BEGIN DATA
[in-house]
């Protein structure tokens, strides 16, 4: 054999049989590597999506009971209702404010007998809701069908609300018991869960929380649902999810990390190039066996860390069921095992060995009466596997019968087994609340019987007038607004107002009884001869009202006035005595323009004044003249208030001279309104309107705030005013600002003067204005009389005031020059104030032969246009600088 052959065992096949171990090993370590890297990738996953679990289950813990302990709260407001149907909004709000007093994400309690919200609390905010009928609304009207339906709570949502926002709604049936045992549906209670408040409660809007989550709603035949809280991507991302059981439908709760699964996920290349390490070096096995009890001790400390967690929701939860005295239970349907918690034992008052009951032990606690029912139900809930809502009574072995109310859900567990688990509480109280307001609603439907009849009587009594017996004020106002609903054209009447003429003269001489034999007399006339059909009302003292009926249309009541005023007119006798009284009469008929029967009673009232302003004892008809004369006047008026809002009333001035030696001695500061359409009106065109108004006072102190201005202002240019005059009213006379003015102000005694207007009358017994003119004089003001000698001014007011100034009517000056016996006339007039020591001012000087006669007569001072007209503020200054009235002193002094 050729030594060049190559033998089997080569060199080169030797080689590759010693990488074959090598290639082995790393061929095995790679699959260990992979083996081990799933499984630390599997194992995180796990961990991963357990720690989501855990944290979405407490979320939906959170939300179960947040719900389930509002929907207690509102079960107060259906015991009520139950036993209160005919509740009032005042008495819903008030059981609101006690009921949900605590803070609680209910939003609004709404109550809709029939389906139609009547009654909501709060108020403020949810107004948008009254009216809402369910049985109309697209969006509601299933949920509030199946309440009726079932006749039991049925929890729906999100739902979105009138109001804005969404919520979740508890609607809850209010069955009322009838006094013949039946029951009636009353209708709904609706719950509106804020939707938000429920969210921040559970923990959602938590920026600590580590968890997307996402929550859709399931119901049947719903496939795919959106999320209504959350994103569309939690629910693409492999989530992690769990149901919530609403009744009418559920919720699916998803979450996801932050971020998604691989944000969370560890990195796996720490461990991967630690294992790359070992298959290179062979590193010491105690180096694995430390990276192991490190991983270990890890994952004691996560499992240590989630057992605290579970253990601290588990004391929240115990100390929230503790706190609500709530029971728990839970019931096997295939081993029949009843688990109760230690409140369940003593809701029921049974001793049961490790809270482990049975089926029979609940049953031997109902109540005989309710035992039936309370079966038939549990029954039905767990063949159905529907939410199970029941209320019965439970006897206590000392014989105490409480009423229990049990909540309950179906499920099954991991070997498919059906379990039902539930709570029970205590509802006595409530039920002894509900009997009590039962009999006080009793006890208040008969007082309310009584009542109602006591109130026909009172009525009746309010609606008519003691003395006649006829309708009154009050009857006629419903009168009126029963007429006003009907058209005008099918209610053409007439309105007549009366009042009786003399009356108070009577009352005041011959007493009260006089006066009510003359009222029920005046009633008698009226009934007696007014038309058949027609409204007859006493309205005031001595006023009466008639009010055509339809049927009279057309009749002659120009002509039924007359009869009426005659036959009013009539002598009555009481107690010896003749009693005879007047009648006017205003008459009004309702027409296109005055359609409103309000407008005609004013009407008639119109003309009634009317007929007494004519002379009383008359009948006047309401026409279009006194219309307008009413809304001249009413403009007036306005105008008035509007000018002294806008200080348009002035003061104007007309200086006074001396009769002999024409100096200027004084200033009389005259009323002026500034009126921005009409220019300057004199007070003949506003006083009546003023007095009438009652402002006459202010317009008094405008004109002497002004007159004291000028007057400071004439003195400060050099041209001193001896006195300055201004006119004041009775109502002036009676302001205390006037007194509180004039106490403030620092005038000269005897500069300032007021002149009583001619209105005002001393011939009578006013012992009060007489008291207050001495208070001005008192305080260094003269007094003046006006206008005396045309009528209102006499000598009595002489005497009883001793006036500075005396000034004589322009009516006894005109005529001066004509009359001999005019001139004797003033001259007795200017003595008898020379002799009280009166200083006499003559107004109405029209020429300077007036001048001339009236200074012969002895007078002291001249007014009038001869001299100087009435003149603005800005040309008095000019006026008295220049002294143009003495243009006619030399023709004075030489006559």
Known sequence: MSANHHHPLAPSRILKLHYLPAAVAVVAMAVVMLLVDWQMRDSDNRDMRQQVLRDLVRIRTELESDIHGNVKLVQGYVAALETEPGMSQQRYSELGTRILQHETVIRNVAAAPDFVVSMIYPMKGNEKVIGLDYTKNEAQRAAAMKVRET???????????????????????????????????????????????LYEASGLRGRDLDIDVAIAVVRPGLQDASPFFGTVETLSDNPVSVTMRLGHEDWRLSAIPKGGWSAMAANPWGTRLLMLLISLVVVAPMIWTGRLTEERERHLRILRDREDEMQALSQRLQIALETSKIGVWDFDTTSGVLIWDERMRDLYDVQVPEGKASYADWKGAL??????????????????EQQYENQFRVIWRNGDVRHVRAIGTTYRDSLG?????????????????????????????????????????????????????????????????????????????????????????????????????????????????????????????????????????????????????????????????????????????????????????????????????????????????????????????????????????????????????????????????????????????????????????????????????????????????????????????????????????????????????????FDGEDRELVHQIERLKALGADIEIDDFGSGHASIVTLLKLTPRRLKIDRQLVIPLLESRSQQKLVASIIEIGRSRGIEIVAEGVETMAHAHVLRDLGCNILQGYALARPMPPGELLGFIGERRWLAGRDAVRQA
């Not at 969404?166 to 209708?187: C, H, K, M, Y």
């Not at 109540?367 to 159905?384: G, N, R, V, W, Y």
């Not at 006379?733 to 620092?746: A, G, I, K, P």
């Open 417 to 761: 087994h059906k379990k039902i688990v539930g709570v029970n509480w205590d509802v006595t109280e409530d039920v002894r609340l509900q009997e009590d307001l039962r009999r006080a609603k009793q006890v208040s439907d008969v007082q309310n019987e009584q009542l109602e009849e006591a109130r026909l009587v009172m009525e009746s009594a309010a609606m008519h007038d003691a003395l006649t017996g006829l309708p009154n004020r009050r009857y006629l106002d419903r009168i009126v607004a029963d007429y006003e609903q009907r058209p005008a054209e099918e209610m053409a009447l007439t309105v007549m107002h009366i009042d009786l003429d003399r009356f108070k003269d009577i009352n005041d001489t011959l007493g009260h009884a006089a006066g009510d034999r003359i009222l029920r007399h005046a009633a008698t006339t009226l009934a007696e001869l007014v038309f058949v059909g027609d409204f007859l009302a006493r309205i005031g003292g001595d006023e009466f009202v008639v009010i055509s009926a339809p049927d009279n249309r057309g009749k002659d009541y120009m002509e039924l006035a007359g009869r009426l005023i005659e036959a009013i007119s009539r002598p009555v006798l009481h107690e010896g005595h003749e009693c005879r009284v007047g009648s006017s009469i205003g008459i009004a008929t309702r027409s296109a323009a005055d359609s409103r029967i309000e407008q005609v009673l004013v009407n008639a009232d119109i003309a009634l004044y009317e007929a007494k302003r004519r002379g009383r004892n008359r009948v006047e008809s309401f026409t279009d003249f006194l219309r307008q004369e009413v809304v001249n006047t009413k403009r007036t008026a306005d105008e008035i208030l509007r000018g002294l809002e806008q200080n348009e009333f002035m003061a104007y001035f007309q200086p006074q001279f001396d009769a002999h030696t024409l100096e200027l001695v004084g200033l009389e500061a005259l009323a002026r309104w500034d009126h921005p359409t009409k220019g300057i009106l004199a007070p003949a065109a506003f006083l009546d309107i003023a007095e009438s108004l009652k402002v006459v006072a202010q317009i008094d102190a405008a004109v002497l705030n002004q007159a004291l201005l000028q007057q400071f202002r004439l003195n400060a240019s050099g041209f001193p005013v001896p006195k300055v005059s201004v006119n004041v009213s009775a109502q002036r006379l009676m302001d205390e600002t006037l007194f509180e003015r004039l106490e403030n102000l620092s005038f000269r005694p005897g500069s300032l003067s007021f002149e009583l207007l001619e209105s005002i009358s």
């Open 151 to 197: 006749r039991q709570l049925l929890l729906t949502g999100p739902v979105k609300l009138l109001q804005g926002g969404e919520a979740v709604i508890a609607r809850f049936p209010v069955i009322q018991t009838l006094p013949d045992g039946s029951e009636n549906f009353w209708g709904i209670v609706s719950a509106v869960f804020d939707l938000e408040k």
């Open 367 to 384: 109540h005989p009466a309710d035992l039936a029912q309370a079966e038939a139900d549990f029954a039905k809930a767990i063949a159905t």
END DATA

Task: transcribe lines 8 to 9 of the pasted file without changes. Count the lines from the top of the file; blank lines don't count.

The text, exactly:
């Open 151 to 197: 006749r039991q709570l049925l929890l729906t949502g999100p739902v979105k609300l009138l109001q804005g926002g969404e919520a979740v709604i508890a609607r809850f049936p209010v069955i009322q018991t009838l006094p013949d045992g039946s029951e009636n549906f009353w209708g709904i209670v609706s719950a509106v869960f804020d939707l938000e408040k």
């Open 367 to 384: 109540h005989p009466a309710d035992l039936a029912q309370a079966e038939a139900d549990f029954a039905k809930a767990i063949a159905t």